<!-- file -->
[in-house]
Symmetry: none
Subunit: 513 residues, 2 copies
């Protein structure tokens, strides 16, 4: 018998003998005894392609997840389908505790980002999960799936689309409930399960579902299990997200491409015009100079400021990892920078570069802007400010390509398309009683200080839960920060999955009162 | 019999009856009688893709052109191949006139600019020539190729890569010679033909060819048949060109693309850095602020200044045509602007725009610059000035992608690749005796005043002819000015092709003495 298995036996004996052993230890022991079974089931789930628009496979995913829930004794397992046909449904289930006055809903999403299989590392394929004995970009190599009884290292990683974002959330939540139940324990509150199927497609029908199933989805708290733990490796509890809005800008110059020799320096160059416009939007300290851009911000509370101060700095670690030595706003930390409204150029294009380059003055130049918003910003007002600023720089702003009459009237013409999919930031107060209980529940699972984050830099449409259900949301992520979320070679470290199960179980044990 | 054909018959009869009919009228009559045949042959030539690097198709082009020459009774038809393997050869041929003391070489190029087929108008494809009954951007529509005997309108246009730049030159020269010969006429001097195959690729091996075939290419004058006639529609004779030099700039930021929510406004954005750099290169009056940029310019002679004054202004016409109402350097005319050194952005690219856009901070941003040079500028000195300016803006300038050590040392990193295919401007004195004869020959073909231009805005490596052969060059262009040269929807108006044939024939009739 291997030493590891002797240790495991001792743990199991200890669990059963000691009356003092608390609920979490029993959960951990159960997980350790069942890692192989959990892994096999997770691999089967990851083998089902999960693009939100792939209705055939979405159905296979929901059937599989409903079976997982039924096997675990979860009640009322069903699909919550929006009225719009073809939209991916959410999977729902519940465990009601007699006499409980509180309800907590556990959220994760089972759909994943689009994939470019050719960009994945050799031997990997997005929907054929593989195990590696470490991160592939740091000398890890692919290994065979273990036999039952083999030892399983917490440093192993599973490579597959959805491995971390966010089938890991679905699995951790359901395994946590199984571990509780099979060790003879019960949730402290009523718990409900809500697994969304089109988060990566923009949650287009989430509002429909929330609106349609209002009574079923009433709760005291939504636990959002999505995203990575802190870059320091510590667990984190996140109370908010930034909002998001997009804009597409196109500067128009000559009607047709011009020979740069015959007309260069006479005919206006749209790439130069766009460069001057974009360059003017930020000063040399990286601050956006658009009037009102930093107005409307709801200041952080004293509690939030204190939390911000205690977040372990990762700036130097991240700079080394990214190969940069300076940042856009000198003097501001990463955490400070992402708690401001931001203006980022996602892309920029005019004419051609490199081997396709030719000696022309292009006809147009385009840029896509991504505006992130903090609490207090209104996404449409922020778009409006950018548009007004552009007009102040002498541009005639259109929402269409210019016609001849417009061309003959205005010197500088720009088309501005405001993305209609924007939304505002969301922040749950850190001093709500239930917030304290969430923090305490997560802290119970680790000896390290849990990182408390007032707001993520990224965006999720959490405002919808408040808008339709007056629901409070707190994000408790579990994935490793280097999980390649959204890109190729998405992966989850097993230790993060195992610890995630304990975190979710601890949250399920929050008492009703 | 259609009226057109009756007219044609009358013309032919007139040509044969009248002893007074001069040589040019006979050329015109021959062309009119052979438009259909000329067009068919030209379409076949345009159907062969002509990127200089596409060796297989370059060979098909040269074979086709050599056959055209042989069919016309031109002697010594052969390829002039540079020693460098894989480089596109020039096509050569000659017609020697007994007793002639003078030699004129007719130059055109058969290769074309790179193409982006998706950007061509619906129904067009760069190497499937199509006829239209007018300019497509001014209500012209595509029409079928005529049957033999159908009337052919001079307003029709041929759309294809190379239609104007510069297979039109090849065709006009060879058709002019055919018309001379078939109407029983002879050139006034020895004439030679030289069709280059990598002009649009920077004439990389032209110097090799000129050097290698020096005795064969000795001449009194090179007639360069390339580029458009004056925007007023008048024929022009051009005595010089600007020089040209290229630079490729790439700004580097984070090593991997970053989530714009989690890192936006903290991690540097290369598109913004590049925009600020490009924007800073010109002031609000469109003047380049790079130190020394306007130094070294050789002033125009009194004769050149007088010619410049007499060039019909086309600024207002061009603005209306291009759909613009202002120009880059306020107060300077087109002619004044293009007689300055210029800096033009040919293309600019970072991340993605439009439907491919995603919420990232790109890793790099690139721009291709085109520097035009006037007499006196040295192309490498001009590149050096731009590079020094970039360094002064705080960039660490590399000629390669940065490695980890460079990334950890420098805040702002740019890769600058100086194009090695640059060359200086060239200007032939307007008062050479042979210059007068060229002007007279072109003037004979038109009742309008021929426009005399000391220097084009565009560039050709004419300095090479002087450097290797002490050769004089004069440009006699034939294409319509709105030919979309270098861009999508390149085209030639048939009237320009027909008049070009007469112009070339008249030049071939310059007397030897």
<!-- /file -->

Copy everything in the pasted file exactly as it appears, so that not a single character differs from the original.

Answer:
[in-house]
Symmetry: none
Subunit: 513 residues, 2 copies
């Protein structure tokens, strides 16, 4: 018998003998005894392609997840389908505790980002999960799936689309409930399960579902299990997200491409015009100079400021990892920078570069802007400010390509398309009683200080839960920060999955009162 | 019999009856009688893709052109191949006139600019020539190729890569010679033909060819048949060109693309850095602020200044045509602007725009610059000035992608690749005796005043002819000015092709003495 298995036996004996052993230890022991079974089931789930628009496979995913829930004794397992046909449904289930006055809903999403299989590392394929004995970009190599009884290292990683974002959330939540139940324990509150199927497609029908199933989805708290733990490796509890809005800008110059020799320096160059416009939007300290851009911000509370101060700095670690030595706003930390409204150029294009380059003055130049918003910003007002600023720089702003009459009237013409999919930031107060209980529940699972984050830099449409259900949301992520979320070679470290199960179980044990 | 054909018959009869009919009228009559045949042959030539690097198709082009020459009774038809393997050869041929003391070489190029087929108008494809009954951007529509005997309108246009730049030159020269010969006429001097195959690729091996075939290419004058006639529609004779030099700039930021929510406004954005750099290169009056940029310019002679004054202004016409109402350097005319050194952005690219856009901070941003040079500028000195300016803006300038050590040392990193295919401007004195004869020959073909231009805005490596052969060059262009040269929807108006044939024939009739 291997030493590891002797240790495991001792743990199991200890669990059963000691009356003092608390609920979490029993959960951990159960997980350790069942890692192989959990892994096999997770691999089967990851083998089902999960693009939100792939209705055939979405159905296979929901059937599989409903079976997982039924096997675990979860009640009322069903699909919550929006009225719009073809939209991916959410999977729902519940465990009601007699006499409980509180309800907590556990959220994760089972759909994943689009994939470019050719960009994945050799031997990997997005929907054929593989195990590696470490991160592939740091000398890890692919290994065979273990036999039952083999030892399983917490440093192993599973490579597959959805491995971390966010089938890991679905699995951790359901395994946590199984571990509780099979060790003879019960949730402290009523718990409900809500697994969304089109988060990566923009949650287009989430509002429909929330609106349609209002009574079923009433709760005291939504636990959002999505995203990575802190870059320091510590667990984190996140109370908010930034909002998001997009804009597409196109500067128009000559009607047709011009020979740069015959007309260069006479005919206006749209790439130069766009460069001057974009360059003017930020000063040399990286601050956006658009009037009102930093107005409307709801200041952080004293509690939030204190939390911000205690977040372990990762700036130097991240700079080394990214190969940069300076940042856009000198003097501001990463955490400070992402708690401001931001203006980022996602892309920029005019004419051609490199081997396709030719000696022309292009006809147009385009840029896509991504505006992130903090609490207090209104996404449409922020778009409006950018548009007004552009007009102040002498541009005639259109929402269409210019016609001849417009061309003959205005010197500088720009088309501005405001993305209609924007939304505002969301922040749950850190001093709500239930917030304290969430923090305490997560802290119970680790000896390290849990990182408390007032707001993520990224965006999720959490405002919808408040808008339709007056629901409070707190994000408790579990994935490793280097999980390649959204890109190729998405992966989850097993230790993060195992610890995630304990975190979710601890949250399920929050008492009703 | 259609009226057109009756007219044609009358013309032919007139040509044969009248002893007074001069040589040019006979050329015109021959062309009119052979438009259909000329067009068919030209379409076949345009159907062969002509990127200089596409060796297989370059060979098909040269074979086709050599056959055209042989069919016309031109002697010594052969390829002039540079020693460098894989480089596109020039096509050569000659017609020697007994007793002639003078030699004129007719130059055109058969290769074309790179193409982006998706950007061509619906129904067009760069190497499937199509006829239209007018300019497509001014209500012209595509029409079928005529049957033999159908009337052919001079307003029709041929759309294809190379239609104007510069297979039109090849065709006009060879058709002019055919018309001379078939109407029983002879050139006034020895004439030679030289069709280059990598002009649009920077004439990389032209110097090799000129050097290698020096005795064969000795001449009194090179007639360069390339580029458009004056925007007023008048024929022009051009005595010089600007020089040209290229630079490729790439700004580097984070090593991997970053989530714009989690890192936006903290991690540097290369598109913004590049925009600020490009924007800073010109002031609000469109003047380049790079130190020394306007130094070294050789002033125009009194004769050149007088010619410049007499060039019909086309600024207002061009603005209306291009759909613009202002120009880059306020107060300077087109002619004044293009007689300055210029800096033009040919293309600019970072991340993605439009439907491919995603919420990232790109890793790099690139721009291709085109520097035009006037007499006196040295192309490498001009590149050096731009590079020094970039360094002064705080960039660490590399000629390669940065490695980890460079990334950890420098805040702002740019890769600058100086194009090695640059060359200086060239200007032939307007008062050479042979210059007068060229002007007279072109003037004979038109009742309008021929426009005399000391220097084009565009560039050709004419300095090479002087450097290797002490050769004089004069440009006699034939294409319509709105030919979309270098861009999508390149085209030639048939009237320009027909008049070009007469112009070339008249030049071939310059007397030897």